Interview by Olivia Giovetti, VAN Magazine
Yannick Nézet-Séguin has quickly become one of the world’s most sought-after—and most ubiquitous—conductors. At 45, the Montréal-born musician has held the position of music director with his hometown’s Orchestre Métropolitain since 2000. To that resume, he has also added music director of the Philadelphia Orchestra in 2012 and music director of the Metropolitan Opera.
He has also spent much of his career conducting Beethoven, from multiple cycles of the nine symphonies, to the composer’s concerti to his opera Fidelio. There was even more planned for 2020 before the realities of COVID-19 shut down many concert halls and opera houses. With a seemingly-inexhaustible reserve of energy, however, he has found ways of still exploring the composer’s works in this anniversary year, presenting six of the nine symphonies with the Orchestre Métropolitain for DG Stage—Deutsche Grammophon’s streaming platform, and hosting a virtual session on the composer’s influence via Carnegie Hall’s YouTube channel.
In keeping with his schedule, we exchanged voice memos with Nézet-Séguin to discuss his history with Beethoven, how he approaches some of the most well-known works in the repertoire, and the three questions he would ask the composer over dinner.
Do you remember the first Beethoven piece you heard?
Quite typically, it was a symphony, and it was a very well-known one: The Fifth. Karajan and [the Berlin Philharmonic], probably [from] LP collection of my parents. We also had a Pastoral Symphony and the Seventh. These are the usual suspects for any music lovers, and my parents had broad tastes, so they had a wide range of classical and non-classical records; a little bit of everything. That’s how I got interested first in Beethoven.
You began playing piano at a young age. What was the first Beethoven piece you learned, and how old were you?
What I remember learning are some of the Bagatelles when I was really young, between age 5 and 12. I entered the Montreal Conservatory of Music [to study] with my teacher Anisia Campos, who just passed away in August… I actually revisited all of my piano books from that time [and] I remember that the first piano sonata of Beethoven she assigned me to play, when I was I guess 13, was Op. 10, No. 1 in C Minor. [It’s] like the Fifth Symphony; the Beethoven Sturm und Drang turmoil, really forward-looking and all about destiny. When I look at my books, I must have played and learned with her at least half of the 32 sonatas.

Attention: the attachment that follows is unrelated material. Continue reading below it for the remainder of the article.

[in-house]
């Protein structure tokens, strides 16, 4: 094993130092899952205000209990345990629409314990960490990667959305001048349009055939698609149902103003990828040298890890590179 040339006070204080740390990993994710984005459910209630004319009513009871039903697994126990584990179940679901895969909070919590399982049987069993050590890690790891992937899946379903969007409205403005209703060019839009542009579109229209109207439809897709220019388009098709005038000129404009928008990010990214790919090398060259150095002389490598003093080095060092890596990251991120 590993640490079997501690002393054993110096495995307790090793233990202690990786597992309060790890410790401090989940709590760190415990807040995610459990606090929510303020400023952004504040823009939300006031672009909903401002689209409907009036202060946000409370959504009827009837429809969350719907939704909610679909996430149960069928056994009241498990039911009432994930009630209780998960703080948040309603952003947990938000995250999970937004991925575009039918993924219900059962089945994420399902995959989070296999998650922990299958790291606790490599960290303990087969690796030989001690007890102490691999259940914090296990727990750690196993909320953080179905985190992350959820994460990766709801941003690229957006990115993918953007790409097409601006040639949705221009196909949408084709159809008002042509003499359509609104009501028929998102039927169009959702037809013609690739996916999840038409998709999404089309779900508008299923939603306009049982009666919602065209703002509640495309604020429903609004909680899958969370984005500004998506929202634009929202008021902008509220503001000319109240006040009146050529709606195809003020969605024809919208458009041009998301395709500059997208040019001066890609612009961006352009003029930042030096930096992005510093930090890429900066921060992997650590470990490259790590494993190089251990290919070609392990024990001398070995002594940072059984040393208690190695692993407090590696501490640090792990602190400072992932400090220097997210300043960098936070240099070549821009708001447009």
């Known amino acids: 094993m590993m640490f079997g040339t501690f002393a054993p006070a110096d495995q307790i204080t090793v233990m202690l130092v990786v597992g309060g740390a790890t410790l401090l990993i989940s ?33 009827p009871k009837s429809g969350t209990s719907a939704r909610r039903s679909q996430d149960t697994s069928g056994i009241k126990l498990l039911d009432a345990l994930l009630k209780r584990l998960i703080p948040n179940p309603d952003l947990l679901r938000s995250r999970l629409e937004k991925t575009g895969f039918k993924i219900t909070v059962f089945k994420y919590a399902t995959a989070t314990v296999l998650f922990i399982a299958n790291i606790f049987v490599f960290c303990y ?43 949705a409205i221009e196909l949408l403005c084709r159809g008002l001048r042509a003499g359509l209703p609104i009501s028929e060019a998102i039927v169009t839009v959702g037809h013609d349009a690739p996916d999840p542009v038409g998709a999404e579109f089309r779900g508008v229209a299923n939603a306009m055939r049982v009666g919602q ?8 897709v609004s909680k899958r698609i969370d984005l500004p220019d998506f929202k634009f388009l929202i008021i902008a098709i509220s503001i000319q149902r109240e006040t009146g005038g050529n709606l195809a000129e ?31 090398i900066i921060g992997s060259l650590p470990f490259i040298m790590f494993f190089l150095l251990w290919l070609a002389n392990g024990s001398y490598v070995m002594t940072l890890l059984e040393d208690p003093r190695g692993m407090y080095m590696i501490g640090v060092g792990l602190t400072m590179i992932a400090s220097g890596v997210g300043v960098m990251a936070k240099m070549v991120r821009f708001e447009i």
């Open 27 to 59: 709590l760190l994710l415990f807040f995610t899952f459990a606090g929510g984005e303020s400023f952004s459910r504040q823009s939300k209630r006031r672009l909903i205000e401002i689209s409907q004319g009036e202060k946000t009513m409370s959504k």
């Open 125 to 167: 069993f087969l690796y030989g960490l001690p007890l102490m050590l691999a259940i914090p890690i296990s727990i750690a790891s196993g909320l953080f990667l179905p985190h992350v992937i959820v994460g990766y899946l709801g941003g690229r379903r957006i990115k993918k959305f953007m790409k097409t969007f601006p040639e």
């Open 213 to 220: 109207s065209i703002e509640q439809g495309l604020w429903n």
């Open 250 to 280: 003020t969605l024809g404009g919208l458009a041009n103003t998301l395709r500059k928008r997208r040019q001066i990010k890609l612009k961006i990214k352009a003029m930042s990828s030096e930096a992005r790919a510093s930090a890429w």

You've mentioned that Beethoven was what inspired you to begin conducting. What was the work and what about it sparked that inspiration?
I first heard some Beethoven with Karajan, along with Mozart’s Fortieth Symphony, [and] those recordings were what got me first into conducting. You know, trying to pretend “conduct” with the recording playing. The power of illustration of [Beethoven’s] music, its emotional impact, that’s what got me immediately.
What do you think it is that makes Beethoven so inspirational for so many musicians more than two centuries later?
The inspiration of Beethoven is really being able to give an individual voice to the composer. His mastery of the form is extraordinary, but what sets him apart is the immediacy of humanity throughout his pieces, through his music. He was the first one to do it in such a way with all that that entails: from despair to doubt, and to hope, and to battle, and to defeat, and to struggle… All his works—and that’s a very important component—even the most tender ones, have a certain aspect of pain and struggle, and yet there’s always a way of overcoming that pain and struggle. He was clearly the first one to do it to such an extent, and as such has influenced the most composers in all music history. In times like now, when the world is struggling, I think we again find answers, and comfort, and inspiration in Beethoven’s pieces because of that.
What was the first Beethoven work that you conducted?
The First Symphony, with the Montréal Symphony for my debut. And, very, very soon after, I conducted the Ninth. That’s also very typical Yannick: going for the biggest at first. [Laughs] No shortcuts here.
You have a very international career and strong connections to a number of cities—Rotterdam, Philadelphia, New York. But as a Montréaler, and given your long relationship with the Orchestre Métropolitain, is there a particular Beethoven work that you associate with your home city?
There is no symphony that I associate really clearly with Montreal, except the fact that we did all [of] the symphonies many, many times.… We got to know each other a lot through those symphonies, and I believe for any music director in an orchestra, doing a cycle of Beethoven’s works or Beethoven works across many years is like a testimonial for how the relationship is growing between a conductor and an orchestra. It’s a reality check for all of us.